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Legislation is no substitute for respect

Thursday 7 December 2017

Andrew Hamilton, Eureka Street
 
Support for human rights often depends on the issue under discussion. When the Human Rights Commission defended the human rights of asylum seekers, government supporters vilified the commissioner.

Wedding cakeMany of these supporters defended the right of bakers to deny cake-service at gay marriages. At the same time, many defenders of the rights of asylum seekers denied the rights of the bakers to act according to their conscience. The right to freedom from discrimination has been set in opposition to the right to religious freedom.

The government has appointed a panel to report whether and what legislation may be necessary to safeguard religious rights in the light of the redefinition of marriage. Given the conflictual nature of much public conversation about human rights, it may be helpful to step back from this particular issue and to reflect on human rights more generally.

Human rights are often seen as a list of individual rights that are self-contained and unconditional. In this view rights are individual entitlements that you have fully or not at all. So you must defend your rights tooth and nail against people who wish to excise part of them on the grounds that you are contravening their rights.

From this perspective the claim to rights is always competitive because other individuals will make conflicting claims. The conflict must be resolved by the assertion of power, either the power of government or the power of the majority. The corollary of this view is that you do not have a right until someone concedes it to you. Perhaps that is why governments behave so vituperatively when any critic accuses them of abusing human rights. The criticism supposes that rights are not the government's to give and to remove.

It is better to see human rights as expressions of what it means to flourish as human beings. Like health, flourishing can be named in various dimensions. We do not flourish unless we have sufficient food, sleep, shelter, access to medical care, education and work, the freedom to associate with others, to marry and form a family, to publicly state our political and religious opinions, to express our thoughts freely and to associate in groups of like-minded people.

We can then name these dimensions of flourishing rights. We shall not thereby offer a complete listing of the things on which our flourishing as human beings depends. This analysis, however, does show that we have rights because we are human beings, not because of our religion, nationality, productivity etc.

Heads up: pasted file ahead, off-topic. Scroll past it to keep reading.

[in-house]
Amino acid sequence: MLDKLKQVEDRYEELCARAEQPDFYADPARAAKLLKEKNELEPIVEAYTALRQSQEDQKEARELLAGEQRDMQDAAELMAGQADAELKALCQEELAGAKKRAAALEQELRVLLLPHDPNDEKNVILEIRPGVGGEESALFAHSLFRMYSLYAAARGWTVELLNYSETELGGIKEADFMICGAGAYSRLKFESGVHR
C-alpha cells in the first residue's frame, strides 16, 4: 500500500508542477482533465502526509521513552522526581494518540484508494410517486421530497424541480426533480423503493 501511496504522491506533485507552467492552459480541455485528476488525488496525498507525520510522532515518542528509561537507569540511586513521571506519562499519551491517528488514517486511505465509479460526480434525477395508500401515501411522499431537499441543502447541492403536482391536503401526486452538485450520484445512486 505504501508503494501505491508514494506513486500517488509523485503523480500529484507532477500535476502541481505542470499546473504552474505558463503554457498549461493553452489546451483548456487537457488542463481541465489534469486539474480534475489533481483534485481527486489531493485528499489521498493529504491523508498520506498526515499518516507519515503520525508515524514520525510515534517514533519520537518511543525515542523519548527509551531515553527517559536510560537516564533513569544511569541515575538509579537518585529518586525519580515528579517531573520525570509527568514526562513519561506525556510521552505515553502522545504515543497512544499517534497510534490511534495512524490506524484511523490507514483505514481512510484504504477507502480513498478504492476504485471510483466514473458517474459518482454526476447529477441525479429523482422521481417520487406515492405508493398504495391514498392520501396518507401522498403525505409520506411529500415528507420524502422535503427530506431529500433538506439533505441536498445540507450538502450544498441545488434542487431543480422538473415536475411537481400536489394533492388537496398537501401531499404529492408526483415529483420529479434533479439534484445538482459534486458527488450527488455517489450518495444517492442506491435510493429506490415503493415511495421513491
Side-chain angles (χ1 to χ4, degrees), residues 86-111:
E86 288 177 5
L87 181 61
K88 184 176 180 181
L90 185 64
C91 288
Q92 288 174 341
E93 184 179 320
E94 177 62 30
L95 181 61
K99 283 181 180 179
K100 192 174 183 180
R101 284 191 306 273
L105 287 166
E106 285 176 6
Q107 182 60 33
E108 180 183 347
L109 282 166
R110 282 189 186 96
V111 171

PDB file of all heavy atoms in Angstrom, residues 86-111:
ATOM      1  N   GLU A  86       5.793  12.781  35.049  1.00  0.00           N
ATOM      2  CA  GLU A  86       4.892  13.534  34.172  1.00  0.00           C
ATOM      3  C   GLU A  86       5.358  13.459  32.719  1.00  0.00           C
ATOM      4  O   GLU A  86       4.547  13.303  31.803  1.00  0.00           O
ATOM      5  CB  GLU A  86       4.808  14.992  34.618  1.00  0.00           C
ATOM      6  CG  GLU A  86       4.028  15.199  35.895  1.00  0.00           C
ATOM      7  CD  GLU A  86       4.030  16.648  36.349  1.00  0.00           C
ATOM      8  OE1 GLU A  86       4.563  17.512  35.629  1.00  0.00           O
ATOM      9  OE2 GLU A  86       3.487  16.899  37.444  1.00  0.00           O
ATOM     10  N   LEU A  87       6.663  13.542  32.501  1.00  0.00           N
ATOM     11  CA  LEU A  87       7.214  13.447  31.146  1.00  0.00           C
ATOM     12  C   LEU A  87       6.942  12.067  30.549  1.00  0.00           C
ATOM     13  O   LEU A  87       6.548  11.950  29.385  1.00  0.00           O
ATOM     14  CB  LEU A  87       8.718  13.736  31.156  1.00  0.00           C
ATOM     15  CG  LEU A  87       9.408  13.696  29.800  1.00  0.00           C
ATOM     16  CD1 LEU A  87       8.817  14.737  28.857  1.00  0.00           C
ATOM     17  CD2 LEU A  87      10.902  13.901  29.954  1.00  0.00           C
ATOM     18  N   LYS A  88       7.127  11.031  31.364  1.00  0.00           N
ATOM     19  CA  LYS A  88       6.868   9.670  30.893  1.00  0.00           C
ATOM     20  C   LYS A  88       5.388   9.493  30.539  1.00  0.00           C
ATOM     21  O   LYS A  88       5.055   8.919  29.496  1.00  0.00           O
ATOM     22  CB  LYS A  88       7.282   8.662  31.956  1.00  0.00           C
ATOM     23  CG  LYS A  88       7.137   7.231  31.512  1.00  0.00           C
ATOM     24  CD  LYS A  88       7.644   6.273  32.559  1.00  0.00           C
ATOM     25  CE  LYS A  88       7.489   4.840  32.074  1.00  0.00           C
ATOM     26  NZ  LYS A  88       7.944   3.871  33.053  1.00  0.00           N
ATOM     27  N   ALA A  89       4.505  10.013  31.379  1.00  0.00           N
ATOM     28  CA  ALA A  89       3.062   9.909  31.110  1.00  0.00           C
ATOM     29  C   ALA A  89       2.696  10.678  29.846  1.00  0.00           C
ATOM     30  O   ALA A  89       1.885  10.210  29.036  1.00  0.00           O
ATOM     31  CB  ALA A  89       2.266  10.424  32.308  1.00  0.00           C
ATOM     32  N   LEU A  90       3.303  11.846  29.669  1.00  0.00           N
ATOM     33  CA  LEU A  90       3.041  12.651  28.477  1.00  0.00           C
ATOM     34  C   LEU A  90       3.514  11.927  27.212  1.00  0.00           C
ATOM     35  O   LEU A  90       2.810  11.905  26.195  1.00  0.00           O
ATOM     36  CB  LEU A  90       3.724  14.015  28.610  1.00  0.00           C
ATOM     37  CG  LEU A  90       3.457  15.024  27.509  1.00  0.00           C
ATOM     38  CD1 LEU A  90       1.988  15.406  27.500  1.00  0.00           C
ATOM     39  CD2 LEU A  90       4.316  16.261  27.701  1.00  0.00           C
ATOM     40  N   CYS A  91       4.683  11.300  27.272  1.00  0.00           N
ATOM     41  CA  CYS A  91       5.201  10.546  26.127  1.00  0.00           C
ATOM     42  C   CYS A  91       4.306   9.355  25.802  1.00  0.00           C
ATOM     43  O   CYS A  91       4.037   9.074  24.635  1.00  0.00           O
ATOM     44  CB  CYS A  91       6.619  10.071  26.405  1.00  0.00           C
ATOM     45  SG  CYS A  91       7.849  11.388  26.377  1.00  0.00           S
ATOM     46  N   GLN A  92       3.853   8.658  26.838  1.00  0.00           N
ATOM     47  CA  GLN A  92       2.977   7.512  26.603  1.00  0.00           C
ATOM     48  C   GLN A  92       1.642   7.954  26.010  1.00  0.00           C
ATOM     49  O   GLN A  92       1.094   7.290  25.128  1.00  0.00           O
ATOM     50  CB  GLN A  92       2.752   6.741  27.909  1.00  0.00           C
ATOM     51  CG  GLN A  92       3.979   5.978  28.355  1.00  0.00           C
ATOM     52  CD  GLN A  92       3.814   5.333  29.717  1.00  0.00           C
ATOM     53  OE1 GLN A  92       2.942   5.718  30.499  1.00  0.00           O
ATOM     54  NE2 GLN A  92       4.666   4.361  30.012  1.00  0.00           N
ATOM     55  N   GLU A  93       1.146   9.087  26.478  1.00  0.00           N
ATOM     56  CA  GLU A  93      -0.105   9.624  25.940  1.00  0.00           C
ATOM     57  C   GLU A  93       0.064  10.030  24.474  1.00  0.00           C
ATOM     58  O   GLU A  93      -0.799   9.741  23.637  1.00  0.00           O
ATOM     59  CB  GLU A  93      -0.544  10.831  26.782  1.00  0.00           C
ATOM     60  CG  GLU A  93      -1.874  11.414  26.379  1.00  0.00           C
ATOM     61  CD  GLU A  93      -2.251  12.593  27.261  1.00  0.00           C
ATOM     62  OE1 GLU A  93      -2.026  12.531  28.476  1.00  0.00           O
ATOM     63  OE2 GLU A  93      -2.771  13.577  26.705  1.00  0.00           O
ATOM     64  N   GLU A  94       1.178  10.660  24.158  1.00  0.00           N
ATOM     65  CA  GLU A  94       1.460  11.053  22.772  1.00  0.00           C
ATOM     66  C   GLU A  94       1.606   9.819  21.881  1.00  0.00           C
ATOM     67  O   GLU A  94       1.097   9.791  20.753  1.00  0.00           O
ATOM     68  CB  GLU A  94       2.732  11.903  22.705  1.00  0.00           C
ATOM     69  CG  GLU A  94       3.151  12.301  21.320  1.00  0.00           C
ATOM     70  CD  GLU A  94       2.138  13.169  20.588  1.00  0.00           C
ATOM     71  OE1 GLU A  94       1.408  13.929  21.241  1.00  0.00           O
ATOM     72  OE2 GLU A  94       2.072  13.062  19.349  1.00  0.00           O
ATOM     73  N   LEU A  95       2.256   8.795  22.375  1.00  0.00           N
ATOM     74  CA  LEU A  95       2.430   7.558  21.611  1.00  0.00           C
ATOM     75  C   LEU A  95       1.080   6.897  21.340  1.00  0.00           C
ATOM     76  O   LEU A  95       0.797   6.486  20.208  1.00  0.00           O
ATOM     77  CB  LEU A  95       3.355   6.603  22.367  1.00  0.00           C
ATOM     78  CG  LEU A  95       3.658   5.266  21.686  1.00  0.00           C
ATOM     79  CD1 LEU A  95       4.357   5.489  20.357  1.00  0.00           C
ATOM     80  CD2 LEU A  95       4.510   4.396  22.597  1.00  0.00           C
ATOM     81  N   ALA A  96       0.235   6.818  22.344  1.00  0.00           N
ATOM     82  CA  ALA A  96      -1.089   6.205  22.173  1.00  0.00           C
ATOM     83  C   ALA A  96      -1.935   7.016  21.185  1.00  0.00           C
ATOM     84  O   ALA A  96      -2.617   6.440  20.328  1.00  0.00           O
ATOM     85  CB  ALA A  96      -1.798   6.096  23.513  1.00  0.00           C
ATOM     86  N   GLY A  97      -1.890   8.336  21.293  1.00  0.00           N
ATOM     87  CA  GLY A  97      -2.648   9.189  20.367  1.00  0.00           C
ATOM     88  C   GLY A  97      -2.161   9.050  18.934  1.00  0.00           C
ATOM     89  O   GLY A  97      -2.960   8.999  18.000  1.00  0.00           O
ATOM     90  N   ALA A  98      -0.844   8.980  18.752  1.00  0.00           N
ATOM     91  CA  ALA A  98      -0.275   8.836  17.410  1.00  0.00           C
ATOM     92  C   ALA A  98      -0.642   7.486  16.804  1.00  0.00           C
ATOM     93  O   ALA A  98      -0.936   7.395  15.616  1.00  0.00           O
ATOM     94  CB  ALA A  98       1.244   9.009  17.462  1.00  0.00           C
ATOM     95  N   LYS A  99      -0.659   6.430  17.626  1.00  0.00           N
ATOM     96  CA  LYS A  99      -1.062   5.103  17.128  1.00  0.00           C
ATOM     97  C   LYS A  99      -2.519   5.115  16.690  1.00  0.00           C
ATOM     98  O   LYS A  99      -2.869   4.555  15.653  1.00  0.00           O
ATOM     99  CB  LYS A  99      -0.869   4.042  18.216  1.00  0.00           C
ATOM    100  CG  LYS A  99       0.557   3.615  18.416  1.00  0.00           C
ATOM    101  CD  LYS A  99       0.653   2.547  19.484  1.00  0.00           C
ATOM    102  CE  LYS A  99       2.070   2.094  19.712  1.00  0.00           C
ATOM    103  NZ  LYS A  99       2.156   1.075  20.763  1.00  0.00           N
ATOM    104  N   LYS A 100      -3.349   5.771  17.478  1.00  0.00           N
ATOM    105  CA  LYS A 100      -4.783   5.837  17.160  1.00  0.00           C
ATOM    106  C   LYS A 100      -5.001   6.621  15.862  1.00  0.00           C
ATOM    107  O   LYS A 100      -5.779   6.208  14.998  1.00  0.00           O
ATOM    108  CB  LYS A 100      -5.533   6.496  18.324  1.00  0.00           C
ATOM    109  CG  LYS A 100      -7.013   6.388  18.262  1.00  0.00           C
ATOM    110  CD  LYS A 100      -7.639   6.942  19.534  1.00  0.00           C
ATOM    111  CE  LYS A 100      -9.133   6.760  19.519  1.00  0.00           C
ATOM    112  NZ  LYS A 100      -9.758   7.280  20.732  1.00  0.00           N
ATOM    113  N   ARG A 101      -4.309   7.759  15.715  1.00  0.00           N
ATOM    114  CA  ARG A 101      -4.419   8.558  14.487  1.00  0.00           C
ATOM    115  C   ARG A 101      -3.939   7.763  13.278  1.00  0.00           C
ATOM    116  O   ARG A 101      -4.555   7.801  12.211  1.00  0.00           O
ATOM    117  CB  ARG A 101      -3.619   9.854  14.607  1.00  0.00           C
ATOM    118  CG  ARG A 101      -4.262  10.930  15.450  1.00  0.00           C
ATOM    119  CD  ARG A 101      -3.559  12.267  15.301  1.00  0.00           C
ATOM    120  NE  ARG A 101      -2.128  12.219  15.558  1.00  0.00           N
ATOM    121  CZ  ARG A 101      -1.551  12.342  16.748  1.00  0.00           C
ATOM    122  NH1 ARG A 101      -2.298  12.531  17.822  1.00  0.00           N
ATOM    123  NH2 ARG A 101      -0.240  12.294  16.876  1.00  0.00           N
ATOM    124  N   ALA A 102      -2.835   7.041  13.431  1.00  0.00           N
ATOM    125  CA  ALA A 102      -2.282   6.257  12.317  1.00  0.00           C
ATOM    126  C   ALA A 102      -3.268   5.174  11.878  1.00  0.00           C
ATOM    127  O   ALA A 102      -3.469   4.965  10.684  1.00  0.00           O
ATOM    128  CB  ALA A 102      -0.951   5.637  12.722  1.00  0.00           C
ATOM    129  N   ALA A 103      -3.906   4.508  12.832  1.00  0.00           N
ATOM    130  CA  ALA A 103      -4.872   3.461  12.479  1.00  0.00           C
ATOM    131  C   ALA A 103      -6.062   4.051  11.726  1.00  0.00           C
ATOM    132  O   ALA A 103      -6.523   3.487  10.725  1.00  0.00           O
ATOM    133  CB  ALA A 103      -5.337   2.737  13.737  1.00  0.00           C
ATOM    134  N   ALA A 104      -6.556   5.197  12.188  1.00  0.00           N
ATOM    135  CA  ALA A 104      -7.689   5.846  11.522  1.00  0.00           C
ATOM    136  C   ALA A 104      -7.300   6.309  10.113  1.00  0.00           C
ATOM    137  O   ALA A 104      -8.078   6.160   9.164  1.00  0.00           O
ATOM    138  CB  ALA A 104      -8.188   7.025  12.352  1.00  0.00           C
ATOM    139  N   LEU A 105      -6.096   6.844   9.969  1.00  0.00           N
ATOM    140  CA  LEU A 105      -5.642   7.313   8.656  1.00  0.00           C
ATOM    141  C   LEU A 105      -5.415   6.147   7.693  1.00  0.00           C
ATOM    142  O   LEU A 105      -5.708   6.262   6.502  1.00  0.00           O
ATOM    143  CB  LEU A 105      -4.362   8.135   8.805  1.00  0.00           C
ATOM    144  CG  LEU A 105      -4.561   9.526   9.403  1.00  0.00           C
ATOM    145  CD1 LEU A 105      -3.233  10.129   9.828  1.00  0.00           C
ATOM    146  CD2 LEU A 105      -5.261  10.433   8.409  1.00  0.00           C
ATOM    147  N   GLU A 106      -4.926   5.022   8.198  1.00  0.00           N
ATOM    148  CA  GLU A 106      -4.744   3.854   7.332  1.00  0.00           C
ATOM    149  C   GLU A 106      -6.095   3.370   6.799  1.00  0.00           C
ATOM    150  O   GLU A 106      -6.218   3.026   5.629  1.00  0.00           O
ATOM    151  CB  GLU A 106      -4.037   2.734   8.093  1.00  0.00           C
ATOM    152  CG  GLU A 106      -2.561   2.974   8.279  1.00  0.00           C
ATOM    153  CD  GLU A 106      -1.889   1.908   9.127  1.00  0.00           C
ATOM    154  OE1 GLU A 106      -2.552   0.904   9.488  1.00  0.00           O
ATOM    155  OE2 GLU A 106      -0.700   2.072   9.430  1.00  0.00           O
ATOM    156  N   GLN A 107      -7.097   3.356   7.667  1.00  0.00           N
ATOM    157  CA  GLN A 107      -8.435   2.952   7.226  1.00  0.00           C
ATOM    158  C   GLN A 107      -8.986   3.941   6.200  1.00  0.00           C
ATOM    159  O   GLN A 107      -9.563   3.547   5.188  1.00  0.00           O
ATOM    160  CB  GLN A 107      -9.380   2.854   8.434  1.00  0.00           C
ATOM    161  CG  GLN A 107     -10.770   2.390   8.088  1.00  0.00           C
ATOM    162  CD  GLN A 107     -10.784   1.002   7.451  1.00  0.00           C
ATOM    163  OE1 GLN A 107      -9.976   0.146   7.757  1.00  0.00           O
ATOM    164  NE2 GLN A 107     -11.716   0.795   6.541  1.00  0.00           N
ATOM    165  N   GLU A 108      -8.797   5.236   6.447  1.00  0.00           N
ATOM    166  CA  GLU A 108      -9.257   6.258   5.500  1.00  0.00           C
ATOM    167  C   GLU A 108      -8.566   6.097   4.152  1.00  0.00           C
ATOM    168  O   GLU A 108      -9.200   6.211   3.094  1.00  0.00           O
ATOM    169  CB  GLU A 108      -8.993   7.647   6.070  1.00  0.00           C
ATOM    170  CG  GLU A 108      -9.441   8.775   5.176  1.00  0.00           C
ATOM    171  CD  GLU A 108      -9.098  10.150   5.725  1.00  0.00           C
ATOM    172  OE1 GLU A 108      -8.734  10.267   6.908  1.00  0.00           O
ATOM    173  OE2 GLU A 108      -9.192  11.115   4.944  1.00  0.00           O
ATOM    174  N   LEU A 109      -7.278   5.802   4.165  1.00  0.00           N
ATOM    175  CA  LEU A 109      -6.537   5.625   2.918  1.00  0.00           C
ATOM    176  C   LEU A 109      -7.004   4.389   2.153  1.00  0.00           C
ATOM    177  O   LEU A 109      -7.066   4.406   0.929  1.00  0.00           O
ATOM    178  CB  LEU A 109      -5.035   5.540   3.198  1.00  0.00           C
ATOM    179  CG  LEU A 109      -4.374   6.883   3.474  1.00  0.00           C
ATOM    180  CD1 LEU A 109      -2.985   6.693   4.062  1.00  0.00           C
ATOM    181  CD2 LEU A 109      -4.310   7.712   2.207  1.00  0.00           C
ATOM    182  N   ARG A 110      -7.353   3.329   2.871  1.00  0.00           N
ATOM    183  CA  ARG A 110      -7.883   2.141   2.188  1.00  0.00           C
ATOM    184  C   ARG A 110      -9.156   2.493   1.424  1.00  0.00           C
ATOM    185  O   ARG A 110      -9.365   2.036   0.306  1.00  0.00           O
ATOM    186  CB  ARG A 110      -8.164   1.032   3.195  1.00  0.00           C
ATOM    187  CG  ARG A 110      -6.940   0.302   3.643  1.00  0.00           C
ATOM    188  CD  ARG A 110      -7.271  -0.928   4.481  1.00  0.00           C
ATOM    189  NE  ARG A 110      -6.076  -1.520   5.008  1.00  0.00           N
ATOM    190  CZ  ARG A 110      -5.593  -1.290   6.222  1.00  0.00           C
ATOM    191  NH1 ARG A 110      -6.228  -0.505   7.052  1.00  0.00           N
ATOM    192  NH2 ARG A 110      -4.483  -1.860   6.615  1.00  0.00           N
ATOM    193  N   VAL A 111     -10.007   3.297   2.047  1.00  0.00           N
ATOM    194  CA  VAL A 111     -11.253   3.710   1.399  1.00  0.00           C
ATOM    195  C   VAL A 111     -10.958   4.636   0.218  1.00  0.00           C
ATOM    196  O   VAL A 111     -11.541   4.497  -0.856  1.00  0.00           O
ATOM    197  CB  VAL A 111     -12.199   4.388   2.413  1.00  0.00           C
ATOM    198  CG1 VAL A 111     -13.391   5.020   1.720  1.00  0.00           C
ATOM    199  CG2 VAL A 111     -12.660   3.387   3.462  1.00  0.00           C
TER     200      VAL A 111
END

'From this perspective the relationship between the right of people in same-sex marriages to freedom from discriminations and the right of people to religious freedom is not conflictual but complementary.'


We cannot flourish as human beings unaided. We do so through our relationships to other people and to our world. So we do not enjoy human rights as isolated individuals but through our relationships. In fact our rights give expression to the respect that we owe to one another by virtue of being human. So the implications of each right and of their intersection need constantly to be negotiated in the business of daily life from childhood onwards.

In this understanding, human rights cannot be given or taken away by government action or majority opinion. We have rights because we are human beings. Nor are they given to us as individuals. They are possessed and negotiated in our relationships to one another, relationships that are naturally cooperative rather than conflictual.

Nor do rights disappear when we cannot access them because of tyranny, poverty or discrimination. People starving in Yemen because of war have a right to food even if they cannot force it to be met. Asylum seekers on Nauru have a right to security and the protection of the law, even if these things are denied them.

Laws do not give citizens rights, but they do recognise them and can protect them and regulate relationships when different aspects of human flourishing intersect.

From this perspective the relationship between the right of people in same sex marriages to freedom from discriminations and the right of people to religious freedom is not conflictual but complementary. The rights of both flow from the demands of human flourishing. Balancing these rights demands first of all mutual respect. Legislation may also be necessary to safeguard disputed rights and to mark the limits of their claims. But legislation is a blunt instrument and is no substitute for respect. 
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